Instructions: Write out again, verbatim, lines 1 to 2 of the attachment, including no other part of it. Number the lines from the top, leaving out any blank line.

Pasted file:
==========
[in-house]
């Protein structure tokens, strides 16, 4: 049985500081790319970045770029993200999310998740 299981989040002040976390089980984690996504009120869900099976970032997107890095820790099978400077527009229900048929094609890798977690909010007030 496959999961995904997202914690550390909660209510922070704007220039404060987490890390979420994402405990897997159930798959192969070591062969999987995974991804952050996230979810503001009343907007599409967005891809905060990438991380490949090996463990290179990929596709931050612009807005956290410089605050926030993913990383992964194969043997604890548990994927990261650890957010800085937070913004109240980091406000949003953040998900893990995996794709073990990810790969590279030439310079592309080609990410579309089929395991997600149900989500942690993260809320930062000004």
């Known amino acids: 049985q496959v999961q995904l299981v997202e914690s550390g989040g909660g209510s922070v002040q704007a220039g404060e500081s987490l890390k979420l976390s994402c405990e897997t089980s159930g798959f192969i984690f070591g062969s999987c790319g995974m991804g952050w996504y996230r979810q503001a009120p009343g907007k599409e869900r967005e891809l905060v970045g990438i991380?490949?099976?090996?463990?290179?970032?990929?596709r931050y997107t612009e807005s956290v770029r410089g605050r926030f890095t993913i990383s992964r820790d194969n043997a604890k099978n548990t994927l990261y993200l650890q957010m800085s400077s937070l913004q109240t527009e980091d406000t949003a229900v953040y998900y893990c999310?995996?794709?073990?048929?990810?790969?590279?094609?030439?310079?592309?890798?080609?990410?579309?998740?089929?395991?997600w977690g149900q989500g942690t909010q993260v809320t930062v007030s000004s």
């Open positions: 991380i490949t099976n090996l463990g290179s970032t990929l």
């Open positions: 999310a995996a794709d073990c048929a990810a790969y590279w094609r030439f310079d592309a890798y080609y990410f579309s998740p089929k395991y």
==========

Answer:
[in-house]
């Protein structure tokens, strides 16, 4: 049985500081790319970045770029993200999310998740 299981989040002040976390089980984690996504009120869900099976970032997107890095820790099978400077527009229900048929094609890798977690909010007030 496959999961995904997202914690550390909660209510922070704007220039404060987490890390979420994402405990897997159930798959192969070591062969999987995974991804952050996230979810503001009343907007599409967005891809905060990438991380490949090996463990290179990929596709931050612009807005956290410089605050926030993913990383992964194969043997604890548990994927990261650890957010800085937070913004109240980091406000949003953040998900893990995996794709073990990810790969590279030439310079592309080609990410579309089929395991997600149900989500942690993260809320930062000004």